Dramatic Changes to New York State Estate and Gift Tax Laws

Tuesday, August 26, 2014

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New York State's 2014-2015 budget bill, signed into law on April 1, 2014, includes the most significant changes to the state's estate and gift tax regime in more than a decade. Under the new law, the estate tax threshold gradually increases from $1 million to $5 million (indexed for inflation), so that it matches the federal estate tax exemption by January 1, 2019. However, the law introduces an estate tax "cliff" (estates exceeding the exclusion amount by more than 5% are taxed back to the first dollar), effectively eliminating the benefit of any New York State estate tax exemption for larger estates. Thus, the impact of the law on taxpayers will vary greatly depending on the size of a taxpayer's estate. Those with taxable estates of more than $1 million (the pre-April 1, 2014 threshold) but less than the new exclusion amount will benefit from the new law. However, for those wealthier New Yorkers with taxable estates exceeding the New York exclusion by 5% or more, the estate tax bill will be at least as high as (if not higher than) it was before the changes were enacted.

For Decedents Dying NY Exemption
April 1, 2014 to March 31, 2015 $2,062,500
April 1, 2015 to March 31, 2016 $3,125,000
April 1, 2016 to March 31, 2017 $4,187,500
April 1, 2017 to December 31, 2018 $5,250,000
January 1, 2019 and Thereafter Same as Federal
The Good News

Exemption Increases to Federal Level by January 1, 2019 - The new law increases New York's estate tax exclusion amount gradually from its current level of $1 million (where it has remained since 2000) to $2,062,500 effective April 1, 2014, $3,125,000 effective April 1, 2015, $4,187,500 effective April 1, 2016, $5,250,000 effective April 1, 2017, and, finally, to $5 million indexed to inflation with a cost-of-living adjustment pegged from 2010 (i.e. to federal exemption levels) by January 1, 2019. On January 1, 2019 the exemption is projected to be $5.9 million.

New York GST Tax Eliminated - The new law also eliminates New York's generation skipping tax, which is the additional tax imposed on bequests or gifts to beneficiaries who are a "skip generation" younger than the donor (e.g. grandchildren, great nieces and nephews, and non-relatives 37 ½ years younger).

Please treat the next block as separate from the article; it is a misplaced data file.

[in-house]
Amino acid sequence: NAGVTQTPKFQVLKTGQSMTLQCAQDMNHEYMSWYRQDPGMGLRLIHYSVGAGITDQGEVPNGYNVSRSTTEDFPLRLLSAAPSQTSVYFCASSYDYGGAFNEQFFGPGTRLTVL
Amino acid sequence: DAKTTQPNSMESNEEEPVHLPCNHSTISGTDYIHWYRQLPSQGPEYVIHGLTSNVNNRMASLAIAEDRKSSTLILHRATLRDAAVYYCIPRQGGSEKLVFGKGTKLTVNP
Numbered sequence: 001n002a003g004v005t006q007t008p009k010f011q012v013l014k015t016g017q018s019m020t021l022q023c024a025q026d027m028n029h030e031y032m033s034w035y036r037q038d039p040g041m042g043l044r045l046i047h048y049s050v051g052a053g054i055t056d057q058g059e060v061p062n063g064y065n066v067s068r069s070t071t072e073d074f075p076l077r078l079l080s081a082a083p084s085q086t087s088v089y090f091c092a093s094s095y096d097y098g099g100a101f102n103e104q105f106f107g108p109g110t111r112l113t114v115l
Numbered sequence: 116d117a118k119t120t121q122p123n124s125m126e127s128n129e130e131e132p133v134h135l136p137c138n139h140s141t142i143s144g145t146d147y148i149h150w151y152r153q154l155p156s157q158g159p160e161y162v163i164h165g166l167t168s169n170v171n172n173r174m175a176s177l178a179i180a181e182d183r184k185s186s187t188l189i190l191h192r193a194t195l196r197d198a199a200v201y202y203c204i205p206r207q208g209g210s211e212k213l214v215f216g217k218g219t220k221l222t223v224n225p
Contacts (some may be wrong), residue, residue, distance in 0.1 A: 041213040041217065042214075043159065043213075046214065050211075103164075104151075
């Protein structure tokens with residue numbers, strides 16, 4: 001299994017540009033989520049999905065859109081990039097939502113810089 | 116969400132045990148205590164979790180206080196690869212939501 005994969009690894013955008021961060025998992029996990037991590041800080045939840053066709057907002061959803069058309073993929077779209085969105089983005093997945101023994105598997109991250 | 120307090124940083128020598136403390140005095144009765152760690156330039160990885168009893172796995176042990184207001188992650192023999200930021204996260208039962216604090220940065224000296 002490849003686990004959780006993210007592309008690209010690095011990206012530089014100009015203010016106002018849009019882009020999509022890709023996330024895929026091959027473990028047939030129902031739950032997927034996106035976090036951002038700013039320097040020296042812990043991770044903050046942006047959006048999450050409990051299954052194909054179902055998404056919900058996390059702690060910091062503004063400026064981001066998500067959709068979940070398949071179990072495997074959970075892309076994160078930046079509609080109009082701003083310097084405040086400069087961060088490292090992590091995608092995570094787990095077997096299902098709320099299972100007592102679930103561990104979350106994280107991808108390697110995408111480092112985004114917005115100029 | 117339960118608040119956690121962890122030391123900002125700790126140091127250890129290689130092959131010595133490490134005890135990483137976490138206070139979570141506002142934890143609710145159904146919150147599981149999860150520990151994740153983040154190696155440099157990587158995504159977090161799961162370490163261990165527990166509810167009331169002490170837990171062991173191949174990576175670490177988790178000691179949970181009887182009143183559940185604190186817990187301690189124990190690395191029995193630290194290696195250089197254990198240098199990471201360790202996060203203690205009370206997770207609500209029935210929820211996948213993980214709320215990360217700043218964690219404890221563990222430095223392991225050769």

The Bad News

Estate Tax "Cliff" - The new law introduces an estate tax "cliff" concept. This means that the New York State exclusion will be phased out for those with New York taxable estates over the exclusion threshold. Estates that exceed the exemption amount by 5% will be taxed back to the first dollar (i.e. no exemption). This is a harsher result than under the prior law. For example, a decedent dying between April 1, 2014 and April 1, 2015 with a New York taxable estate in excess of $2,165,625 (which is 105% of the New York exclusion amount) will be taxed on the entire amount of the taxable estate, with no exclusion taken into consideration. Thus, an estate of $2,165,625 will pay a tax of $112,050, while an estate of $2,062,500 will pay no estate tax.

Top Rate Remains at 16% - Furthermore, although the initial commission study upon which the changes in law are based had recommended lowering New York's top estate tax rate to 10% from 16%, the legislature chose not to adopt this change. The highest rate remains at 16%.

Gift Tax "Add Back" - In addition, the new law calls for the gifts made within three years of death to be added back to the taxable estate for purposes of calculating estate tax due. The purpose of this provision is to prevent taxpayers from reducing their estates by making gifts from the deathbed. However, these add-back provisions are currently limited to gifts made between April 1, 2014 and January 1, 2019 while the taxpayer was a resident of New York State.

No Portability - The new law fails to adopt one of the most significant provisions of the federal estate tax law, namely portability. Portability allows a surviving spouse to use the unused federal gift and estate tax exemption of his or her deceased spouse. This provision allows married couples to take advantage of both spouses' exemptions without significant tax planning. Because New York failed to adopt portability, spouses will still need to use estate planning techniques (such as credit shelter trusts and separating spousal assets) to ensure that both of their New York State exemptions can be used.

What You Should Do Now

Given the dramatic changes in both federal and New York State estate and gift tax laws over the past few years, we would strongly suggest that you contact us to review your estate plans and find out how these changes will affect you. It is important to make sure that you are taking full advantage of the increased federal and New York State exemptions and avoiding pitfalls created by the current discrepancy between federal and NYS exemption amounts.

Contact Us

We welcome the opportunity to answer your questions.

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